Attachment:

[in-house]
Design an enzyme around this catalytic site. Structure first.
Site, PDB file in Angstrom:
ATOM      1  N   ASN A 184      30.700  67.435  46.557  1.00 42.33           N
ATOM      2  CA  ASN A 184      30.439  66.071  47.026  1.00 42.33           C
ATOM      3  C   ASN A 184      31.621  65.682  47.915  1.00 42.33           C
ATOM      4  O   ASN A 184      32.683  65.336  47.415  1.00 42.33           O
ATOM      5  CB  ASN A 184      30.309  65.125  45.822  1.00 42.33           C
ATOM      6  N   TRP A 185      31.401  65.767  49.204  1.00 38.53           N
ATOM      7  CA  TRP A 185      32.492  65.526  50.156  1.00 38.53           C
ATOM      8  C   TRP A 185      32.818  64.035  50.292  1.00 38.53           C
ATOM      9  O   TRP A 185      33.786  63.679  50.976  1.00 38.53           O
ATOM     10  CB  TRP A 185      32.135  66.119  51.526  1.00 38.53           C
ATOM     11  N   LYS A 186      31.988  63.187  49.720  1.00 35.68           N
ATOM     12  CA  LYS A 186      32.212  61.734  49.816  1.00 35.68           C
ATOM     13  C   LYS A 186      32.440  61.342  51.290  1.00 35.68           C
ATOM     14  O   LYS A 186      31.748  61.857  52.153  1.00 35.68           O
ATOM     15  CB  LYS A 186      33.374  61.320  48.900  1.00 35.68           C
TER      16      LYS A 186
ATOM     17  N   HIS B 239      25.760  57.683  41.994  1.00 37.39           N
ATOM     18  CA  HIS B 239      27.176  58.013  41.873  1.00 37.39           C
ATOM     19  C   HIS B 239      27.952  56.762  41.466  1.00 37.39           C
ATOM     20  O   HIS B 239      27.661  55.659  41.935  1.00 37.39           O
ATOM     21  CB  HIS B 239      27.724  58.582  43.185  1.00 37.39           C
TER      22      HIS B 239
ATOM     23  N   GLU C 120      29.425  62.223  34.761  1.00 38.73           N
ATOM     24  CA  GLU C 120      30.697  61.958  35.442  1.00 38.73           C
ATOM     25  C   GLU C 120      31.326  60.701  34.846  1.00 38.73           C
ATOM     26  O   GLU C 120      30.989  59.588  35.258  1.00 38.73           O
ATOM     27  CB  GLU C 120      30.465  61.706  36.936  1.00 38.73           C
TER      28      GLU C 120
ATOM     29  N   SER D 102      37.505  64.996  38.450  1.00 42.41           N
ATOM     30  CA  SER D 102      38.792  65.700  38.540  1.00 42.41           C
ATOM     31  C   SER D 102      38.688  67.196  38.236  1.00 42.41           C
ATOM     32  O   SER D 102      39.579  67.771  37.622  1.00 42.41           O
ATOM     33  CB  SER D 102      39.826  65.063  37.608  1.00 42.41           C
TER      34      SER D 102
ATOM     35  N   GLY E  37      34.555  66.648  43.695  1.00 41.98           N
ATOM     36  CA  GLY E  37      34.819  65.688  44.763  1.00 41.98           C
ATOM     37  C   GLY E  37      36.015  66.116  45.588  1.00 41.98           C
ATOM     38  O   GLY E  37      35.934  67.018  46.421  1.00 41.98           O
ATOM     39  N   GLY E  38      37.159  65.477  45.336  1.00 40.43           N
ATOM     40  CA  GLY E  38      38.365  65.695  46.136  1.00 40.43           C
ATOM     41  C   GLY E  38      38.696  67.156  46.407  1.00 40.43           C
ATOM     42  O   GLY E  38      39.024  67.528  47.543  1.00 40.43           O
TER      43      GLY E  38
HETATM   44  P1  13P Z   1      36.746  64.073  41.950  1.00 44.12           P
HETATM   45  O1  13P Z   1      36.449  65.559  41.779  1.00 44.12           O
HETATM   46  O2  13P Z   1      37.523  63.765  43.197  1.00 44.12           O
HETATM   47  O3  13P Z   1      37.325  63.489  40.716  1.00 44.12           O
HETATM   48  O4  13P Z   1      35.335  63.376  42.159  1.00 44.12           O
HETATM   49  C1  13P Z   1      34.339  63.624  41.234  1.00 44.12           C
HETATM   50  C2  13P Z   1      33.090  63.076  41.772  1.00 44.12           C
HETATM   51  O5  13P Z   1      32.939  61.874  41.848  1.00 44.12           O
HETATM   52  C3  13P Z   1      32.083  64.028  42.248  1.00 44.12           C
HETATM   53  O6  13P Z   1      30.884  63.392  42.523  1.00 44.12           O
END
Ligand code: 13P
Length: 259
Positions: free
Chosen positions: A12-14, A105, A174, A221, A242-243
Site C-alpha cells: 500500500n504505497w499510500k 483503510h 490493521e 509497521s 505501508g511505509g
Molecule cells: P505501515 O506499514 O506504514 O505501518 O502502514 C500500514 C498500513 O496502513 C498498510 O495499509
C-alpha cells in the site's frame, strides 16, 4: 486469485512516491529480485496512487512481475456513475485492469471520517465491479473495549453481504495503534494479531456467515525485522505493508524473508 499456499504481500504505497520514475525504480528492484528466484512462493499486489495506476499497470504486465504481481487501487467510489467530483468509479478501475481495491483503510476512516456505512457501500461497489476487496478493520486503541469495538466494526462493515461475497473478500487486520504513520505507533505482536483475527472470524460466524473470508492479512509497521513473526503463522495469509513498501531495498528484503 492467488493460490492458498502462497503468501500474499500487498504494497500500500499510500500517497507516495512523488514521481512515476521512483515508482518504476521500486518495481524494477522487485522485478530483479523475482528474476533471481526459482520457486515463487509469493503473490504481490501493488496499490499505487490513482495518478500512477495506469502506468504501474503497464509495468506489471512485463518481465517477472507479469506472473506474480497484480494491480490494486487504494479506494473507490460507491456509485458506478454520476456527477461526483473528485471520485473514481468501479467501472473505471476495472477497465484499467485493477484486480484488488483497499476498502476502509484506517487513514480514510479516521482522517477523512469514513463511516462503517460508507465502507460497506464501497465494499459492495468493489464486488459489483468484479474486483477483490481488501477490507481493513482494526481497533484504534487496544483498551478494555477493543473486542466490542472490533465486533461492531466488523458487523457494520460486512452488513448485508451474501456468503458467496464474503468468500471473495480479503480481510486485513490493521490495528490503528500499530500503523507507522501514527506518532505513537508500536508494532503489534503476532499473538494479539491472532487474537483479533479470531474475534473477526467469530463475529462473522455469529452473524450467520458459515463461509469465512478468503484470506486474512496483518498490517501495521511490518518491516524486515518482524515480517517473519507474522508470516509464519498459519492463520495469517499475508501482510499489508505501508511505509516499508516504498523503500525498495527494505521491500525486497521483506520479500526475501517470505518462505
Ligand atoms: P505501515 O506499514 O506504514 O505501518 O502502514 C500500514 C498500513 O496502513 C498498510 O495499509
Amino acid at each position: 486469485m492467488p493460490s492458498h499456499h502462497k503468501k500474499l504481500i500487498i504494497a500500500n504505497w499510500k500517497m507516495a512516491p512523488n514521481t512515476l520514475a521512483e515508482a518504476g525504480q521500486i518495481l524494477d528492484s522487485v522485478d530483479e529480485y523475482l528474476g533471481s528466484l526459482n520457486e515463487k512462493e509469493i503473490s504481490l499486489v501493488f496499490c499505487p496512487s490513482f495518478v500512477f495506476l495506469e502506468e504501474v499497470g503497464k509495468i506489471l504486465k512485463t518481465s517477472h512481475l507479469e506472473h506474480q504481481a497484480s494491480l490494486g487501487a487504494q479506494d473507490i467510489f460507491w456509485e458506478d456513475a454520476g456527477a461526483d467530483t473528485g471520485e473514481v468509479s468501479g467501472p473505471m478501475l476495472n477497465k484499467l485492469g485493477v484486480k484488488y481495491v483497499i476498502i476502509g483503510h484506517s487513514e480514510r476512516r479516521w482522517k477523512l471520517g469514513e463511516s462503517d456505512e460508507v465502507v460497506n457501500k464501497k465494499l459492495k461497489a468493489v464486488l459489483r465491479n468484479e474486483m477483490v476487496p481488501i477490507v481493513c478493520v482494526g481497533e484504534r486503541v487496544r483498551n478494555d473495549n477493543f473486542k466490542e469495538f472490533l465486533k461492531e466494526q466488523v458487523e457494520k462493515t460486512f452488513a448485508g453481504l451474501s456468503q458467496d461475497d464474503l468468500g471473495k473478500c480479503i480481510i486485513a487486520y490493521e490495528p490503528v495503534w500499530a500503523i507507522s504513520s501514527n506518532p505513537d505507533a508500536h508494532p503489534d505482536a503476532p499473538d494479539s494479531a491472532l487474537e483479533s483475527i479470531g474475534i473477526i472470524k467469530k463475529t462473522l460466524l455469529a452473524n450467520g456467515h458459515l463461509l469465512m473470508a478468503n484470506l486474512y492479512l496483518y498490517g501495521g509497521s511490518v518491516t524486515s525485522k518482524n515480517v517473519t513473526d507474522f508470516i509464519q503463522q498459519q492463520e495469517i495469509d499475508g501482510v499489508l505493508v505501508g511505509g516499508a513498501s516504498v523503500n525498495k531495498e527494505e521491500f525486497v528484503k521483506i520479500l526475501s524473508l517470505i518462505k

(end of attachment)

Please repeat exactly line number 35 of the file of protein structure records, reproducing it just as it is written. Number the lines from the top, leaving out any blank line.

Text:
ATOM     32  O   SER D 102      39.579  67.771  37.622  1.00 42.41           O